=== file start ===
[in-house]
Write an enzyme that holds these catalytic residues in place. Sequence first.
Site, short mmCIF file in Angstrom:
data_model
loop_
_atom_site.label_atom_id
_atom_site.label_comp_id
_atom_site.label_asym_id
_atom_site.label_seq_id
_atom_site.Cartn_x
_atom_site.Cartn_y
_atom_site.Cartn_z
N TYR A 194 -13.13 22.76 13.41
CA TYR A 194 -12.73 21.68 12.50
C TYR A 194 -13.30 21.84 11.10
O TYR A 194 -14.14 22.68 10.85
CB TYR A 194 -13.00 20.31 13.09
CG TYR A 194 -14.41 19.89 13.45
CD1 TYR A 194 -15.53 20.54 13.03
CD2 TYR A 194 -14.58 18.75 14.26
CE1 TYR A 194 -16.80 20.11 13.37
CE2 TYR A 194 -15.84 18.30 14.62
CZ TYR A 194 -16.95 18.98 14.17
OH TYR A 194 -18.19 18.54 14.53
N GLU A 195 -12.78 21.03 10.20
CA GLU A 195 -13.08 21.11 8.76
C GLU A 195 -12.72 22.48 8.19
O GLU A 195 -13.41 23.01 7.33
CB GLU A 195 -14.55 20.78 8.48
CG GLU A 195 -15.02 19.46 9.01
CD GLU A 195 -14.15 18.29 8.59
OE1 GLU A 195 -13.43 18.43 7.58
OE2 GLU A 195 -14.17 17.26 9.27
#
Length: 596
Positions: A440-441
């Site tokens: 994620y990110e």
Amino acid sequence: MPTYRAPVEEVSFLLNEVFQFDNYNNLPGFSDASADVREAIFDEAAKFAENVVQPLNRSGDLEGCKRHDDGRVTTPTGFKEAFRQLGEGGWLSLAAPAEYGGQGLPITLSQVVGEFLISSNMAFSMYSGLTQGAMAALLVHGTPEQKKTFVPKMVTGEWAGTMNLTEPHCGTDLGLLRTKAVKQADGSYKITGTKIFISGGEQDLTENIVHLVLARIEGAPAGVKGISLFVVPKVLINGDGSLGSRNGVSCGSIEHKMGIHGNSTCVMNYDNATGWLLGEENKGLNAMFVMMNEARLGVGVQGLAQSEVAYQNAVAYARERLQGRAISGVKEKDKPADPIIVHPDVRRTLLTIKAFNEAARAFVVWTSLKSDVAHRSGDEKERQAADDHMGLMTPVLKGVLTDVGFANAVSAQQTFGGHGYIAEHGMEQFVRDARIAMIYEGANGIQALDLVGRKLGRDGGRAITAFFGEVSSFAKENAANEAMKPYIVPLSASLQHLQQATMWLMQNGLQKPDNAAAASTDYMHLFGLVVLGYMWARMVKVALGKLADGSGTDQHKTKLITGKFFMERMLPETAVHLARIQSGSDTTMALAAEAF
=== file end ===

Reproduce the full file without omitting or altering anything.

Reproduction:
[in-house]
Write an enzyme that holds these catalytic residues in place. Sequence first.
Site, short mmCIF file in Angstrom:
data_model
loop_
_atom_site.label_atom_id
_atom_site.label_comp_id
_atom_site.label_asym_id
_atom_site.label_seq_id
_atom_site.Cartn_x
_atom_site.Cartn_y
_atom_site.Cartn_z
N TYR A 194 -13.13 22.76 13.41
CA TYR A 194 -12.73 21.68 12.50
C TYR A 194 -13.30 21.84 11.10
O TYR A 194 -14.14 22.68 10.85
CB TYR A 194 -13.00 20.31 13.09
CG TYR A 194 -14.41 19.89 13.45
CD1 TYR A 194 -15.53 20.54 13.03
CD2 TYR A 194 -14.58 18.75 14.26
CE1 TYR A 194 -16.80 20.11 13.37
CE2 TYR A 194 -15.84 18.30 14.62
CZ TYR A 194 -16.95 18.98 14.17
OH TYR A 194 -18.19 18.54 14.53
N GLU A 195 -12.78 21.03 10.20
CA GLU A 195 -13.08 21.11 8.76
C GLU A 195 -12.72 22.48 8.19
O GLU A 195 -13.41 23.01 7.33
CB GLU A 195 -14.55 20.78 8.48
CG GLU A 195 -15.02 19.46 9.01
CD GLU A 195 -14.15 18.29 8.59
OE1 GLU A 195 -13.43 18.43 7.58
OE2 GLU A 195 -14.17 17.26 9.27
#
Length: 596
Positions: A440-441
């Site tokens: 994620y990110e």
Amino acid sequence: MPTYRAPVEEVSFLLNEVFQFDNYNNLPGFSDASADVREAIFDEAAKFAENVVQPLNRSGDLEGCKRHDDGRVTTPTGFKEAFRQLGEGGWLSLAAPAEYGGQGLPITLSQVVGEFLISSNMAFSMYSGLTQGAMAALLVHGTPEQKKTFVPKMVTGEWAGTMNLTEPHCGTDLGLLRTKAVKQADGSYKITGTKIFISGGEQDLTENIVHLVLARIEGAPAGVKGISLFVVPKVLINGDGSLGSRNGVSCGSIEHKMGIHGNSTCVMNYDNATGWLLGEENKGLNAMFVMMNEARLGVGVQGLAQSEVAYQNAVAYARERLQGRAISGVKEKDKPADPIIVHPDVRRTLLTIKAFNEAARAFVVWTSLKSDVAHRSGDEKERQAADDHMGLMTPVLKGVLTDVGFANAVSAQQTFGGHGYIAEHGMEQFVRDARIAMIYEGANGIQALDLVGRKLGRDGGRAITAFFGEVSSFAKENAANEAMKPYIVPLSASLQHLQQATMWLMQNGLQKPDNAAAASTDYMHLFGLVVLGYMWARMVKVALGKLADGSGTDQHKTKLITGKFFMERMLPETAVHLARIQSGSDTTMALAAEAF